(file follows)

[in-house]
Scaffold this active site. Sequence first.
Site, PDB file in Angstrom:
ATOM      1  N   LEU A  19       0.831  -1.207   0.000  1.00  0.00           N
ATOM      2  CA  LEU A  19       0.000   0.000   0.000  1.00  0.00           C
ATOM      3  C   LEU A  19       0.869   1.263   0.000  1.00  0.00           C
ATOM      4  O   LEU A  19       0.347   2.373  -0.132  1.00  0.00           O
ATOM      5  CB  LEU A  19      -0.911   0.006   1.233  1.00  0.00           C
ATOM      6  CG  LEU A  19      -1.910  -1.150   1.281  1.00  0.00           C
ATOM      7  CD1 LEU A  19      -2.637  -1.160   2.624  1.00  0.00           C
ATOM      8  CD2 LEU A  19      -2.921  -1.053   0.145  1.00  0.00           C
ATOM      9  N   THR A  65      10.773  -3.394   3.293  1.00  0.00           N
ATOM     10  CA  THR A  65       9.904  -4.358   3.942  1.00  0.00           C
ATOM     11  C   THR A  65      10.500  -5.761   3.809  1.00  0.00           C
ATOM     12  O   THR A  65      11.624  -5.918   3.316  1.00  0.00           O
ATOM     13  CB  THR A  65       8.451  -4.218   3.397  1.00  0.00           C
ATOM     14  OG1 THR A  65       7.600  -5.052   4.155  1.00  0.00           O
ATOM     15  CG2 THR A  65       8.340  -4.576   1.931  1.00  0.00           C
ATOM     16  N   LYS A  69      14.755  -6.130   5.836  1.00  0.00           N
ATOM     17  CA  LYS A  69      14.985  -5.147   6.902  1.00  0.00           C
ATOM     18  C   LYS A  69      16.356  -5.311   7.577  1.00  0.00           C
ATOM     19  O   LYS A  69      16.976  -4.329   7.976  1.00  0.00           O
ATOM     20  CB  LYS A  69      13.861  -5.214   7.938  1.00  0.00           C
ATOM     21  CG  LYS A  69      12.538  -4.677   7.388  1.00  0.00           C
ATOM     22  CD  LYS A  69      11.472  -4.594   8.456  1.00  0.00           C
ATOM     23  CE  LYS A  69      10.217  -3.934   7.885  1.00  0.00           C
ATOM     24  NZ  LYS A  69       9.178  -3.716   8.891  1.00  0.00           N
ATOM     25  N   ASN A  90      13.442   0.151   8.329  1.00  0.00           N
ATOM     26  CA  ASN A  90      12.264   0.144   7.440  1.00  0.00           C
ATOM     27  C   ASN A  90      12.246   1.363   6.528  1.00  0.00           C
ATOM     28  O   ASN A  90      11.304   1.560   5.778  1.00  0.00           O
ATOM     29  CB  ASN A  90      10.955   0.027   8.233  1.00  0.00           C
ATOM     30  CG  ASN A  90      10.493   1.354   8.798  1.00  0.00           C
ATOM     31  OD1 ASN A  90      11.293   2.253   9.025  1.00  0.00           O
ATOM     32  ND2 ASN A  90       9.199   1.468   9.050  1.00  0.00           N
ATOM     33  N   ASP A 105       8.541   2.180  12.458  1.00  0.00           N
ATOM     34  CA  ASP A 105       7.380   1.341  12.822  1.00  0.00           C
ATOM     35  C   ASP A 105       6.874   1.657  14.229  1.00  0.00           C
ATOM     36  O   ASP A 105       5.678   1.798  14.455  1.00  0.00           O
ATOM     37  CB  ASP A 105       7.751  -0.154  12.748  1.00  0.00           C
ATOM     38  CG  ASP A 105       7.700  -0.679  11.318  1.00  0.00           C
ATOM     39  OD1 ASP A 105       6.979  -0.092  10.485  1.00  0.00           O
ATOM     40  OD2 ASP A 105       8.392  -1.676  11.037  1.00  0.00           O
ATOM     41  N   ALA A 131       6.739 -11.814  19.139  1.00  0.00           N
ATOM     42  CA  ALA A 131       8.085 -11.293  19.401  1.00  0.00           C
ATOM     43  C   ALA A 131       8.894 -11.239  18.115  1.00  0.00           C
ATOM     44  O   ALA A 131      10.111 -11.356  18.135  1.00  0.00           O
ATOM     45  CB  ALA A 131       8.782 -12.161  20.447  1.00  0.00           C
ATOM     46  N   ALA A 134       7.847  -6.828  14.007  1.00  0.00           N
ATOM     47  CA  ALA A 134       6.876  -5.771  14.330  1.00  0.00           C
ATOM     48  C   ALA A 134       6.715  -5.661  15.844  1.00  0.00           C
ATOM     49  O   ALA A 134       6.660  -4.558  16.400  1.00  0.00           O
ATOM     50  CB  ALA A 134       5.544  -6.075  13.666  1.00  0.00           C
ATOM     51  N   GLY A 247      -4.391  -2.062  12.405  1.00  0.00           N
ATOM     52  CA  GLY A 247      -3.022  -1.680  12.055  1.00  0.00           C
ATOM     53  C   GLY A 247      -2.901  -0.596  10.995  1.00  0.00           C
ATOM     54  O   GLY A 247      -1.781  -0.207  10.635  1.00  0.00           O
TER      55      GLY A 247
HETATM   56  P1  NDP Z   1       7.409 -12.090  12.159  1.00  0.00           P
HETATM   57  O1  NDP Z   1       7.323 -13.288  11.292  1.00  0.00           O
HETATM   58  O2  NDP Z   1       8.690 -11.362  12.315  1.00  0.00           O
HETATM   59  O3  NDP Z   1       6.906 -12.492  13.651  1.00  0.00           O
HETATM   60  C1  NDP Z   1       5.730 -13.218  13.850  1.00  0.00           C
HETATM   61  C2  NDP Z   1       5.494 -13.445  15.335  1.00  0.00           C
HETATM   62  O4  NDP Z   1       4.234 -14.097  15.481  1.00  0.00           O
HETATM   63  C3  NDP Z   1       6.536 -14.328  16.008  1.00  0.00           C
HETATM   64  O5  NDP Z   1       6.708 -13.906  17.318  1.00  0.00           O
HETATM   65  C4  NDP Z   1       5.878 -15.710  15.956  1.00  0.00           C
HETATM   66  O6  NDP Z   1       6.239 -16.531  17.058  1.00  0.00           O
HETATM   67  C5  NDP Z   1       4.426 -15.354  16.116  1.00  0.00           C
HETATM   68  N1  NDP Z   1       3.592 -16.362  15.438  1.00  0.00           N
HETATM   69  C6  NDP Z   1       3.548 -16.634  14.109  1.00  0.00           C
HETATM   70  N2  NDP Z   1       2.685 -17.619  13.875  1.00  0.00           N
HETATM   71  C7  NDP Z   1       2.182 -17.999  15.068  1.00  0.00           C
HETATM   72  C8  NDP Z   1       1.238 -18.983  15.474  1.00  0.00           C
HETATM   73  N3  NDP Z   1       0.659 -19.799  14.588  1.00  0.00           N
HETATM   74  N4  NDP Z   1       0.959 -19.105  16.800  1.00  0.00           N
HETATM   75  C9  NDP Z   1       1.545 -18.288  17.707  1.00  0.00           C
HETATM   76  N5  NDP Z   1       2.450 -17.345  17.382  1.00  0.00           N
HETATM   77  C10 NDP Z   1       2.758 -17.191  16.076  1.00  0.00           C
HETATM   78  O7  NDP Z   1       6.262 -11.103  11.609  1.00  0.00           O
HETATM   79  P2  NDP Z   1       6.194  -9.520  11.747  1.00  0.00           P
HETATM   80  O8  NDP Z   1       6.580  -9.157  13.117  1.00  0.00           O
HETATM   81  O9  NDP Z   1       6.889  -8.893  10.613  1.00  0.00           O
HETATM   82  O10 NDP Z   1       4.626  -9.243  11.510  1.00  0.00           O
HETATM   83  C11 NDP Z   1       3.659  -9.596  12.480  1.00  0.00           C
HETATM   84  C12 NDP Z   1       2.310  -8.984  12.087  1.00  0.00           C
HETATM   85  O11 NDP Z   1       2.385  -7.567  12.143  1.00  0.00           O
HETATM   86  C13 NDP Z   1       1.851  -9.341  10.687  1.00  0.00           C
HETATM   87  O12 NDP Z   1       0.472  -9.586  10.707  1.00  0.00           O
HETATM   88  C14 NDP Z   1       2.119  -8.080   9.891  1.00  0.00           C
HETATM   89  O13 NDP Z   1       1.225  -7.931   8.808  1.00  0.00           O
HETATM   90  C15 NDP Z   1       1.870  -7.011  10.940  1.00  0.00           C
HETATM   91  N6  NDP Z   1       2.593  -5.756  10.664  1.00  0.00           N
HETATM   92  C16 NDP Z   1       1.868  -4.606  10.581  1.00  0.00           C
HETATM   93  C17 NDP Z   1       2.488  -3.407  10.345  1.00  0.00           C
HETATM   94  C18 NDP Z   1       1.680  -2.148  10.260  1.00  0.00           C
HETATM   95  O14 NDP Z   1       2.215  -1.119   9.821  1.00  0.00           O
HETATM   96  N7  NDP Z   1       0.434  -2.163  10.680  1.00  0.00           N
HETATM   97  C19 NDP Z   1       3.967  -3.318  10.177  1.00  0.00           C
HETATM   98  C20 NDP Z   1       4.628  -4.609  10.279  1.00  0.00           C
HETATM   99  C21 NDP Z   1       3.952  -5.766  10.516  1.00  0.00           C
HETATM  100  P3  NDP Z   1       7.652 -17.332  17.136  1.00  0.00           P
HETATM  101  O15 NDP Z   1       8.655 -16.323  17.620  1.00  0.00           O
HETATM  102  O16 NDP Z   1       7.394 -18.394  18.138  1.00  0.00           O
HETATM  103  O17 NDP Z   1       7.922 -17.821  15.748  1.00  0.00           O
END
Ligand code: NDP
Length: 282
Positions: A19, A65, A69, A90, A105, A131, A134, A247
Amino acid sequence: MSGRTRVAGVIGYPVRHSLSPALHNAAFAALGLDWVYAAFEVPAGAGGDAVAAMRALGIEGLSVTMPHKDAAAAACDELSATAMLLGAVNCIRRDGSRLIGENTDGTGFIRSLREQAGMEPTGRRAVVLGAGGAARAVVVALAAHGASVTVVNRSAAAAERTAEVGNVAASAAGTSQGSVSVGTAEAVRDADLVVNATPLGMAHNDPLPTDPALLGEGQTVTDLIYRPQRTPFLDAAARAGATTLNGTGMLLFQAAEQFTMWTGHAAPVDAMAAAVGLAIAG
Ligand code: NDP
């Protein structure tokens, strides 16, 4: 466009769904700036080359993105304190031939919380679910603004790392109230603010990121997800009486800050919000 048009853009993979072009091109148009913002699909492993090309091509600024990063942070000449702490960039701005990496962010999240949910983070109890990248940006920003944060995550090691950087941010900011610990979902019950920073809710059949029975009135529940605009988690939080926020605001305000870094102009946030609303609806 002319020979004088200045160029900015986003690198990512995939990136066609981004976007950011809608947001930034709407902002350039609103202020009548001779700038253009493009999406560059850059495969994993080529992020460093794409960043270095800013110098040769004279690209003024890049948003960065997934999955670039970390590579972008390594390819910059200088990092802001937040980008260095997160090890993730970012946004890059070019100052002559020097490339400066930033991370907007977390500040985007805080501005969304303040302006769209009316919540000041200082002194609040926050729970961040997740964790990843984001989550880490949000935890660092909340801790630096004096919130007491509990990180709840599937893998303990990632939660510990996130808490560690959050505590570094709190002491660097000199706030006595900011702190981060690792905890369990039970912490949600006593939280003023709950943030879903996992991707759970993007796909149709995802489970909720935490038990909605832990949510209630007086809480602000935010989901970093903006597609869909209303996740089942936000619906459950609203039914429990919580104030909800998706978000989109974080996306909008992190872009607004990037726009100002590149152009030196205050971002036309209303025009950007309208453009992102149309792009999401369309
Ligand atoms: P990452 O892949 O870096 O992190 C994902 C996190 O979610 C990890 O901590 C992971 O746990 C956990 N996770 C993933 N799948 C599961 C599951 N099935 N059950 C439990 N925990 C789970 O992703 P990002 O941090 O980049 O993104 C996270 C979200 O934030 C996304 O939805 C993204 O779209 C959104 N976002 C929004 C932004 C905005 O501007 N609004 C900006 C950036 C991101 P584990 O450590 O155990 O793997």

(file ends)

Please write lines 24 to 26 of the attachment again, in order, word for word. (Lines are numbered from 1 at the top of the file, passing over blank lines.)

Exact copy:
ATOM     21  CG  LYS A  69      12.538  -4.677   7.388  1.00  0.00           C
ATOM     22  CD  LYS A  69      11.472  -4.594   8.456  1.00  0.00           C
ATOM     23  CE  LYS A  69      10.217  -3.934   7.885  1.00  0.00           C